The planet is overheating and the oceans will soon contain more plastic than fish. At the same time, social inequalities persist and even increase, despite the spectacular increase in "wealth" in recent decades.
We often blame companies - their pursuit of profit at all costs and their governance perceived as deficient - for the ills that afflict us. Indeed, even if we all must do our part, environmental problems and social inequalities cannot be resolved without a change in the behavior of many large and not-so-large large companies.
Never short of ideas, the investment and fund management industry believes it knows how to influence these companies while generating good returns: responsible investment. By selecting company securities to build a portfolio, not strictly on profitability criteria, but also considering their impact on the environment and on society, as well as the way in which they are managed, administered and controlled, they think we can change their behavior and have a real impact.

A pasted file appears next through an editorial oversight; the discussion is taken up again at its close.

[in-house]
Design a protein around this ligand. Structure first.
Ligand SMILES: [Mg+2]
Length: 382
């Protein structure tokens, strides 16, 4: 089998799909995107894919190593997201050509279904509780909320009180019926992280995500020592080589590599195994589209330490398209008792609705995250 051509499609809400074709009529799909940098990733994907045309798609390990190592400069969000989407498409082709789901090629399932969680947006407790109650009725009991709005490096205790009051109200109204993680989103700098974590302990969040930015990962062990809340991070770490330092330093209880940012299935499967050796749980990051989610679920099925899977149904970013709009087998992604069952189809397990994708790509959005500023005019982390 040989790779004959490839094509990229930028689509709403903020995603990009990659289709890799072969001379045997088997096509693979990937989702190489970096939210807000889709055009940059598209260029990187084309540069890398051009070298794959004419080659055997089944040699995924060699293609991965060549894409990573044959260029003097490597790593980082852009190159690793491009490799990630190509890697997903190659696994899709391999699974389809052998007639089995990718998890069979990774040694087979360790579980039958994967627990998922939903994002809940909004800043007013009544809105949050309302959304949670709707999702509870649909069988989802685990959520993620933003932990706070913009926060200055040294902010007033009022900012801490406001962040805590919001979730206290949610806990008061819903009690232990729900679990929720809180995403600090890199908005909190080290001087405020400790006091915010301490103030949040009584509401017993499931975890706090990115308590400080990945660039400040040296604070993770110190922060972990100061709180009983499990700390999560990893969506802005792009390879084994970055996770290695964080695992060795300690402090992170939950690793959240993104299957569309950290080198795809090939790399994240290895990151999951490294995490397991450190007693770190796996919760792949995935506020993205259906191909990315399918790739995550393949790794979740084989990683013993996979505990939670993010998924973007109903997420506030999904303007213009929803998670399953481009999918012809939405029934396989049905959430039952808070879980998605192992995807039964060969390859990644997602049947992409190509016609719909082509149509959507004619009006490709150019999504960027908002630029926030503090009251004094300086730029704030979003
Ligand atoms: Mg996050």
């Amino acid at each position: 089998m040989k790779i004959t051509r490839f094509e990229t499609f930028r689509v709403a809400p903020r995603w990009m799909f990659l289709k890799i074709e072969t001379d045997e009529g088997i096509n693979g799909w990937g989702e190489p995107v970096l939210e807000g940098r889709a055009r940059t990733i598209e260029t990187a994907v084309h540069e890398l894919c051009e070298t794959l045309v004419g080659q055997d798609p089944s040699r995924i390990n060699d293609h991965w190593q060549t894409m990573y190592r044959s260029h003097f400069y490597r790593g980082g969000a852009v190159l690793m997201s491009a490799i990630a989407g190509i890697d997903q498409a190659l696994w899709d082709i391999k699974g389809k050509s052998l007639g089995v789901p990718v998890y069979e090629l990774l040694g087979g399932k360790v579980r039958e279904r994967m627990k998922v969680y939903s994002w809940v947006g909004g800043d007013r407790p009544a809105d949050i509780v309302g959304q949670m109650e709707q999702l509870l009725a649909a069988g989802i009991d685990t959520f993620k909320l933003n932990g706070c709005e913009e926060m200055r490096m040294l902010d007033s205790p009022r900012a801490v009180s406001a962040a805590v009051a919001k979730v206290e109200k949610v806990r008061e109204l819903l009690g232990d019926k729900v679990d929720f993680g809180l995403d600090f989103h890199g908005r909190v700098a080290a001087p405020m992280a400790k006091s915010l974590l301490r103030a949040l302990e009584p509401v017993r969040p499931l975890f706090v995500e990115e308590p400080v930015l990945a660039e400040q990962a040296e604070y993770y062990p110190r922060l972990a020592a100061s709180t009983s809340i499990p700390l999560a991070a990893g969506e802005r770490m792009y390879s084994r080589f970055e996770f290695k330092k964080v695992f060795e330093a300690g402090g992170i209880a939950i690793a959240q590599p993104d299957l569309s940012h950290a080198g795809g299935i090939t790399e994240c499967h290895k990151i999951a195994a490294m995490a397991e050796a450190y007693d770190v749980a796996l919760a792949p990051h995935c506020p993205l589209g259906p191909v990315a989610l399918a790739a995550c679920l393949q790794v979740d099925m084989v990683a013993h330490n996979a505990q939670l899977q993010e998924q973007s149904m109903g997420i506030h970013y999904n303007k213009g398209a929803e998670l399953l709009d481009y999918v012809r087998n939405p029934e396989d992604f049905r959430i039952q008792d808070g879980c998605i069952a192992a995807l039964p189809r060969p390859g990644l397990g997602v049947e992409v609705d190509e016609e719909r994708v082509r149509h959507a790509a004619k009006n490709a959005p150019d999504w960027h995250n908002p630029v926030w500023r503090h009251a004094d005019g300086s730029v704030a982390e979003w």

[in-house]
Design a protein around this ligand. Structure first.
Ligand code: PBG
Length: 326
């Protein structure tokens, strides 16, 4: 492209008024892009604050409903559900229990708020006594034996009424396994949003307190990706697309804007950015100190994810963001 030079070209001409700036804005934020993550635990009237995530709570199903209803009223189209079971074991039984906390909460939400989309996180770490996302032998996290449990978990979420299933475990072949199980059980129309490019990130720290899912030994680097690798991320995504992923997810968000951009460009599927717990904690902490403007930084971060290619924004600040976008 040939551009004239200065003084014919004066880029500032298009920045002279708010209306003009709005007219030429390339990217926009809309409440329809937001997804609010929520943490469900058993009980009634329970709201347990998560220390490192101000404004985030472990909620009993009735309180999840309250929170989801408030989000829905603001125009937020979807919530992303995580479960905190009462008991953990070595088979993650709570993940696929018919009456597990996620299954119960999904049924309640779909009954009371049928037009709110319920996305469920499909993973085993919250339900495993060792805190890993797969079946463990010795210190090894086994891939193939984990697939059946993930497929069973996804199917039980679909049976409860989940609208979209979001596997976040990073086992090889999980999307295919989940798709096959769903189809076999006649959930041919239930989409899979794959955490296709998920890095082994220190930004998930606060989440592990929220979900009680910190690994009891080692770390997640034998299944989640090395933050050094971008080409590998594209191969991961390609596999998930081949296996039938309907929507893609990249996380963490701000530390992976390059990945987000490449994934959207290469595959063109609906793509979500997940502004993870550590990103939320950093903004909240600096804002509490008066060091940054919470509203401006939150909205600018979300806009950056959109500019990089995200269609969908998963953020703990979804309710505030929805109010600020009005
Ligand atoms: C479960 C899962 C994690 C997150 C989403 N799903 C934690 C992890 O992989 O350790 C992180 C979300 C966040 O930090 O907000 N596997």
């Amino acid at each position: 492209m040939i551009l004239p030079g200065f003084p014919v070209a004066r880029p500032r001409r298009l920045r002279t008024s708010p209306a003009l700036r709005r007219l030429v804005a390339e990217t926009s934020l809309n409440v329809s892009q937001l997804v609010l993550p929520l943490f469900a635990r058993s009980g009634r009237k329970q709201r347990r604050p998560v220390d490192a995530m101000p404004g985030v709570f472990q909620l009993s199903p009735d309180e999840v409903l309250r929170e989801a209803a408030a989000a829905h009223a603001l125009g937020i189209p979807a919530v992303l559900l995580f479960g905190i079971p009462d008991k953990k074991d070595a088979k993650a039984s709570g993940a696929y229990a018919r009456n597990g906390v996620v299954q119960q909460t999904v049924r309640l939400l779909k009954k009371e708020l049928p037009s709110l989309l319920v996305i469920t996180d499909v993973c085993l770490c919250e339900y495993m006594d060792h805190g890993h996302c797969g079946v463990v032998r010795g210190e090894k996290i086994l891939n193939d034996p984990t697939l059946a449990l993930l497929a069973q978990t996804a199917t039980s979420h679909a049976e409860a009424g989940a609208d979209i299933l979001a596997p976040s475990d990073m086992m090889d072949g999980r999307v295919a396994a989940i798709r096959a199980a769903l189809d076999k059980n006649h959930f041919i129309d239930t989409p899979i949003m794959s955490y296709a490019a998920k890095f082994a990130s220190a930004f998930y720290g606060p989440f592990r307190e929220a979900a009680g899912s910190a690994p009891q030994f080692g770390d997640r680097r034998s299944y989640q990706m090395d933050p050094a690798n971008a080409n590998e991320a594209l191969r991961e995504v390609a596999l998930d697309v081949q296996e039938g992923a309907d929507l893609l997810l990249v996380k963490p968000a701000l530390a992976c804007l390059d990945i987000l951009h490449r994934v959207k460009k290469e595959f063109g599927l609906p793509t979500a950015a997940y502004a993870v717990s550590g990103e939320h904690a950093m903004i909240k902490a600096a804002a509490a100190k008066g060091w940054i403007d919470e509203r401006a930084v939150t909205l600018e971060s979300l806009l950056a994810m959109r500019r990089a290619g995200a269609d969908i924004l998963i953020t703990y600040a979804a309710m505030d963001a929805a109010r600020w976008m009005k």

The idea seems good: by buying the shares of “good” companies, we push up their price – more than those of their competitors whose behavior is less virtuous. Not only are they thus rewarded for their good behavior, but their high share price reduces their cost of capital, which further increases their competitive advantage. A virtuous circle!
That's the theory, but in practice, does it work?